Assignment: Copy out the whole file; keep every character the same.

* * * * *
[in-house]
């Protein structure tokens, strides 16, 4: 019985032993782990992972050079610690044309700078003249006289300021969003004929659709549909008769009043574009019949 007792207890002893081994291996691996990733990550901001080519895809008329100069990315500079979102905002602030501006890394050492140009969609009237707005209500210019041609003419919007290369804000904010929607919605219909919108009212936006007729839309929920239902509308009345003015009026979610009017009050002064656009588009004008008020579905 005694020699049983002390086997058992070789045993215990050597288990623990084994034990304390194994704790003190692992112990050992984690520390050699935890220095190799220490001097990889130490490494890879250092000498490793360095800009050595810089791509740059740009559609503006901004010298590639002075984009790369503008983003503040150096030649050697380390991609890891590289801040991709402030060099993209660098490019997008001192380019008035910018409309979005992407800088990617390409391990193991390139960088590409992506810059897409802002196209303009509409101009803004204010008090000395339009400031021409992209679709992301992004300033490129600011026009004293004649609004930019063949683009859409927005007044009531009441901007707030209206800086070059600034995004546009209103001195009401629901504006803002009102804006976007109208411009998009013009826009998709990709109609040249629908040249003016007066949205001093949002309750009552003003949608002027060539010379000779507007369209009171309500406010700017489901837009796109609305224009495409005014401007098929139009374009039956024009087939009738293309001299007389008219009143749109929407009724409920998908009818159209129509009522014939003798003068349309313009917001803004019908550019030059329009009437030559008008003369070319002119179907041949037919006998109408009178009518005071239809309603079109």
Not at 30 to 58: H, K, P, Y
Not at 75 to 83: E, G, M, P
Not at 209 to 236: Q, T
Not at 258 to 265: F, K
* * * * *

[in-house]
């Protein structure tokens, strides 16, 4: 019985032993782990992972050079610690044309700078003249006289300021969003004929659709549909008769009043574009019949 007792207890002893081994291996691996990733990550901001080519895809008329100069990315500079979102905002602030501006890394050492140009969609009237707005209500210019041609003419919007290369804000904010929607919605219909919108009212936006007729839309929920239902509308009345003015009026979610009017009050002064656009588009004008008020579905 005694020699049983002390086997058992070789045993215990050597288990623990084994034990304390194994704790003190692992112990050992984690520390050699935890220095190799220490001097990889130490490494890879250092000498490793360095800009050595810089791509740059740009559609503006901004010298590639002075984009790369503008983003503040150096030649050697380390991609890891590289801040991709402030060099993209660098490019997008001192380019008035910018409309979005992407800088990617390409391990193991390139960088590409992506810059897409802002196209303009509409101009803004204010008090000395339009400031021409992209679709992301992004300033490129600011026009004293004649609004930019063949683009859409927005007044009531009441901007707030209206800086070059600034995004546009209103001195009401629901504006803002009102804006976007109208411009998009013009826009998709990709109609040249629908040249003016007066949205001093949002309750009552003003949608002027060539010379000779507007369209009171309500406010700017489901837009796109609305224009495409005014401007098929139009374009039956024009087939009738293309001299007389008219009143749109929407009724409920998908009818159209129509009522014939003798003068349309313009917001803004019908550019030059329009009437030559008008003369070319002119179907041949037919006998109408009178009518005071239809309603079109």
Not at 30 to 58: H, K, P, Y
Not at 75 to 83: E, G, M, P
Not at 209 to 236: Q, T
Not at 258 to 265: F, K